• 2011 1395 Days without Red, Museum of contemporary art Belgrade, Serbia.
  • 2012 9th Gwangju Biennale: Round Table, Artistic Co-directors: Sunjung Kim, Mami Kataoka, Carol Yinghua Lu, Nancy Adajania, Wassan AI-Khudhairi, Alia Swastika, 7 September – 11 November 2012, Various venues, Gwangju, South Korea.
  • 2012 Šejla Kamerić – 1395 Days without Red, 30.11.2012 – 20.01.2013, CAC Contemporary Art Centre, Vilnius, Lithuania.
  • 2013 Public Diary, 5th Yebisu International Festival for Art and Alternative Visions, curated by Keiko Okamura, 08. – 28.02. 2013, Tokyo Metropolitan Museum of Photography, Tokyo, Japan.
  • 2014 Memory Lane – Contemporary Art Scene from Bosnia and Herzegovina, curated by Pierre Courtin, 07.06. – 26.07. 2014, Galerie du Jour-agnés b., Paris, France.
  • 2015 Remember Lidice, curated by Rene Block, 12.09.2015 – 13.02.2016, Edition Block, Berlin, Germany.
  • 2015 Autonomy of Self. Rejecting violence with the lens in former Ottoman territories, curated by Joy Stacy, 11.09. – 31.10.2015, P21 Gallery, London, UK.
  • 2015 30 Years After, curated by Erzen Shkololli, 04.05. – 04.06.2015, National Gallery of Kosovo, Prishtina, Kosovo.
  • 2015 When the Heart Goes Bing Bam Boom, curated by, curated by Başak Doğa Temür, 11.12. 2015 – 28.02.2016, Arter – Space for Art, Vehbi Koç Foundation, Istanbul[5]
  • 2018 I Really Really Really Really Really, curated by Peter Tomaž Dobrila, 09.11. – 01.12.2018, ACE Kibla, Maribor.


Selected bibliography[edit]

  • TOMAŠOVIĆ, Joško. "Šejla Kamerić" in: Andre/Others, Sørlandets Kunstmuseum, 2005, pp. 42-45.
  • HODŽIĆ, Lejla. "Balkan Konsulat. Sarajevo", in: Balkan Konsulat (ed. Makovec, Margarethe and Lederer, Anton), <rotor> and Revolver, Graz-Frankfurt am Main 2006, pp. 96-111.
  • BLAŽEVIĆ, Dunja. "Šejla Kamerić", in: Vodič kroz izložbu Kontakt Beograd …dela iz kolekcije Erste Bank Grupe, Muzej savremene umetnosti Beograd (20.01.-1.03.2007), (ed. Seidl, Walter and Stellwag-Carion, Cornelia), Kontakt. Umetnička kolekcija Erste Bank Grupe, 2007.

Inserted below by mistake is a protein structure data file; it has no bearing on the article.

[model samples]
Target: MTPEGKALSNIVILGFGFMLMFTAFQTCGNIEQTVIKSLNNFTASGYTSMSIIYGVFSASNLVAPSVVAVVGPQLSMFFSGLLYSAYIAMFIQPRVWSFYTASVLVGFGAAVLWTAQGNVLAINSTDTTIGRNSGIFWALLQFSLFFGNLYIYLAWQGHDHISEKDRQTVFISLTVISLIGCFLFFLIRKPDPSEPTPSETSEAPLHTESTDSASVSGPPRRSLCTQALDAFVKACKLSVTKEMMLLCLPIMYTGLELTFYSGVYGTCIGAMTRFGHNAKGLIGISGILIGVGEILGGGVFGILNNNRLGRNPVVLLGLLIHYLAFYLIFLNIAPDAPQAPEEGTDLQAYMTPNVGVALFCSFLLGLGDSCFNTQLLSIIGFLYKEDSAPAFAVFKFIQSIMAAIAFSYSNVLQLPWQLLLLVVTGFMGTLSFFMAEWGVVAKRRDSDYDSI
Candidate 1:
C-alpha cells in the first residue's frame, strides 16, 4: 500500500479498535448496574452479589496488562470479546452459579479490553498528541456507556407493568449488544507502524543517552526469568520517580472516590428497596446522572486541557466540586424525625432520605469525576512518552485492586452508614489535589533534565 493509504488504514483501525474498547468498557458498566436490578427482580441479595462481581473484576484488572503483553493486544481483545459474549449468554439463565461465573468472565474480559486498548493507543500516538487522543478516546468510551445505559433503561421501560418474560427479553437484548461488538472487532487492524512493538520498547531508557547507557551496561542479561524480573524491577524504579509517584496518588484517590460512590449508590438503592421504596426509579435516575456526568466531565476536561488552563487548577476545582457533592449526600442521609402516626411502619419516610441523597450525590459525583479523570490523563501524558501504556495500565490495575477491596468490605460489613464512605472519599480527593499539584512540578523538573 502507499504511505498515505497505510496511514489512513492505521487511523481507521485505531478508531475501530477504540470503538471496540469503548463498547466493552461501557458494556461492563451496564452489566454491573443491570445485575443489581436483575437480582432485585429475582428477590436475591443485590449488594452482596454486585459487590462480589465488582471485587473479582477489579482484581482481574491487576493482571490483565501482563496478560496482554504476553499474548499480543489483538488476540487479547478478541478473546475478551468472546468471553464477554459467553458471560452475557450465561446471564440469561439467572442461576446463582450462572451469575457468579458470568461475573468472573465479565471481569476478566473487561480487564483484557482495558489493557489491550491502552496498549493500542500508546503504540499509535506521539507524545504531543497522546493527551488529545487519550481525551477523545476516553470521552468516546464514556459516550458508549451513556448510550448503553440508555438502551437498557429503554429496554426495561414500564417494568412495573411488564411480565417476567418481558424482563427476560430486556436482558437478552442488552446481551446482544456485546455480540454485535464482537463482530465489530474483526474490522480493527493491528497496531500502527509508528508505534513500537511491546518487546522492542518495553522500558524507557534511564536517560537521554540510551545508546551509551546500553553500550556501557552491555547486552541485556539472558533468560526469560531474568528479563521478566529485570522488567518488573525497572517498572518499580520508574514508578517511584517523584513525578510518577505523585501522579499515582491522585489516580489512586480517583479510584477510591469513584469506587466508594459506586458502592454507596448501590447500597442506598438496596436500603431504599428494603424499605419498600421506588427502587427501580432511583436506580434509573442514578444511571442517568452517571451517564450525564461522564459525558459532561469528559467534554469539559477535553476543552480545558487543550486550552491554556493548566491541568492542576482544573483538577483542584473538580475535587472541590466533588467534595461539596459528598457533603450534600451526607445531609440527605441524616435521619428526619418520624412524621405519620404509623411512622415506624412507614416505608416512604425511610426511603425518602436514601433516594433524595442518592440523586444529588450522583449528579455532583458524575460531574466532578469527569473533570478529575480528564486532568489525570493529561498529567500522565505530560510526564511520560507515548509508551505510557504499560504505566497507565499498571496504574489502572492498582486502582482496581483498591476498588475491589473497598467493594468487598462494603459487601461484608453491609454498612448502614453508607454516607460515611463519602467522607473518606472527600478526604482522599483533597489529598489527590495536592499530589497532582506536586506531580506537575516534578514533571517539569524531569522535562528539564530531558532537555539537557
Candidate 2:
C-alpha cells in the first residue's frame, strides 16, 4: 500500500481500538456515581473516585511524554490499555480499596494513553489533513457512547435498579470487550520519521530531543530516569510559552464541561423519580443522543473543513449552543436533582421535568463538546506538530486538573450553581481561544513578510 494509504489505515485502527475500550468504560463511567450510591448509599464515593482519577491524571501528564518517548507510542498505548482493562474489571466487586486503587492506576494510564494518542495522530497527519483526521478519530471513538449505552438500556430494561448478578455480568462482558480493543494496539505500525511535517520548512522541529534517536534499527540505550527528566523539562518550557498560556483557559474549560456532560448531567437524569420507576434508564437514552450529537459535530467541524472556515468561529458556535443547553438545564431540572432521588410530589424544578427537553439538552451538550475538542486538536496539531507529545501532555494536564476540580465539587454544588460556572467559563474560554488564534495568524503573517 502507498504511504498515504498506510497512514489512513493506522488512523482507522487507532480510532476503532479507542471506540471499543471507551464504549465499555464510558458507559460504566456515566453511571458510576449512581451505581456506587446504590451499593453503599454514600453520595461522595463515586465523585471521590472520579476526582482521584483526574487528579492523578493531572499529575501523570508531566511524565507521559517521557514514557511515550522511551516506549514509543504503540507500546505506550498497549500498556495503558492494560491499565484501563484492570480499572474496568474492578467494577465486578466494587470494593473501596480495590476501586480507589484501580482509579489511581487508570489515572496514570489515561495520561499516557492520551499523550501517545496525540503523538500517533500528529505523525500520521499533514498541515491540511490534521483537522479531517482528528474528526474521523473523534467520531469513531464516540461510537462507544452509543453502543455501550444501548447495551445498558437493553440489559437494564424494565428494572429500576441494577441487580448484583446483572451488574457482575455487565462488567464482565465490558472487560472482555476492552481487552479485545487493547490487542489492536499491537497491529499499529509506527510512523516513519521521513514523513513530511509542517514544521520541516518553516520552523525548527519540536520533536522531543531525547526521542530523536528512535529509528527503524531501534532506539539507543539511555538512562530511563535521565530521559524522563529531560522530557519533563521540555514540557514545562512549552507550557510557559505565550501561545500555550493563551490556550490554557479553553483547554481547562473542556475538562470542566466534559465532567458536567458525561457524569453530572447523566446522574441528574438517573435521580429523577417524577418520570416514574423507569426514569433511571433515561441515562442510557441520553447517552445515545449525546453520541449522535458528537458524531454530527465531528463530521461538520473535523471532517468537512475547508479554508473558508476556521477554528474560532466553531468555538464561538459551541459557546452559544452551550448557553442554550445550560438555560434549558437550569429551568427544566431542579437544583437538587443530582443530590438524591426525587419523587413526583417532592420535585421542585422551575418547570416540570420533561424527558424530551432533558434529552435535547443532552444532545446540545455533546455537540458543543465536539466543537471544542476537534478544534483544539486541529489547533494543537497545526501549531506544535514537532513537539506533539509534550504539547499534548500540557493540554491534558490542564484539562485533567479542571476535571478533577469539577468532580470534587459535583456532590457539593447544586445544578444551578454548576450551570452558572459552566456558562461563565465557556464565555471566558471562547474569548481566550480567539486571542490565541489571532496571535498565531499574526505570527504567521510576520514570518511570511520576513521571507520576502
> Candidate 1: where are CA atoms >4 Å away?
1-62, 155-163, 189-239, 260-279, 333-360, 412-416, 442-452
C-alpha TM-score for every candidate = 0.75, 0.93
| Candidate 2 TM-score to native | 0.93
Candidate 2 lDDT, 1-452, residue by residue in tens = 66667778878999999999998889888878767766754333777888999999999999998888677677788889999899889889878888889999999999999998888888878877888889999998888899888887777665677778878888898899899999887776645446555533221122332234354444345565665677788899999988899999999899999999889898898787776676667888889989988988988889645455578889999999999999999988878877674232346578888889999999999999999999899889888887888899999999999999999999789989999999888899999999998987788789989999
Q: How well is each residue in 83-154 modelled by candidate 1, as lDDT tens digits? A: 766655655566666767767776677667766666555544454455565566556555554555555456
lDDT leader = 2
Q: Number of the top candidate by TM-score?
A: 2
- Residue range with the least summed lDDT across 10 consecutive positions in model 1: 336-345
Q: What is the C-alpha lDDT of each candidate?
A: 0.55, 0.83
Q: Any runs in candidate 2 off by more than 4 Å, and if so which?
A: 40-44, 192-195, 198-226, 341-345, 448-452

• BLOCK, Rene and BABIS, Marius (ed.). Die Balkan-Trilogie/The Balkan Trilogy, Kunsthalle Fridericianum, Kassel 2007.
  • HELMS, Elissa. “East and West Kiss. Gender, Orientalism, and Balkanism in Muslim-Majority Bosnia-Herzegovina”, in: Slavic Review, vol. 67, no. 1., 2008, pp. 88-119[10]
  • HUGHS, Jeffrey and TURKOVIC, Dana (ed.). Odavde (from here), Otuda (from there), Webster University, St. Louis 2008[11]
  • MEREWETHER, Charles. "Unerledigte Angelegenheiten: Dream House and Bosnian Girl/Unifinshed Business: Dream House and Bosnian Girl" in: Portikus 2004-2007. Book of a Sleeping Village, Frankfurt am Main – Cologne 2008, pp. 109-119.
  • SEIDL, Walter (ed.). Cutting Realities. Gender Strategies in Art. Works from Kontakt. The Art Collection of Erste Bank Group, Vienna 2008.
  • ĐORĐEVIĆ, Tamara. “Postkolonijalne studije i Balkanizam: Bosnian Girl”, 2009[12]
  • NEUMAYR, Agnes. “Šejla Kamerić: Die Kunst vermag est, Vorurteile Aufzubrechen un das Bewusstsein der Menschen zu verandern”, in: Politik der Gefühle: Susanne K. Langer und Hannah Arendt, Innsbruck University Press, Innsburck 2009, pp. 354-369.
  • PEJIĆ, Bojana (ed.). Gender Check: Femininity and Masculinity in the Art of Eastern Europe, Moderne Kunst Stiftung Ludiwg Wien, Vienna 2009[13]
  • MUKA, Edi. Šejla Kamerić, (ed.) Meral Agish, Galerie Tanja Wagner, Berlin 2011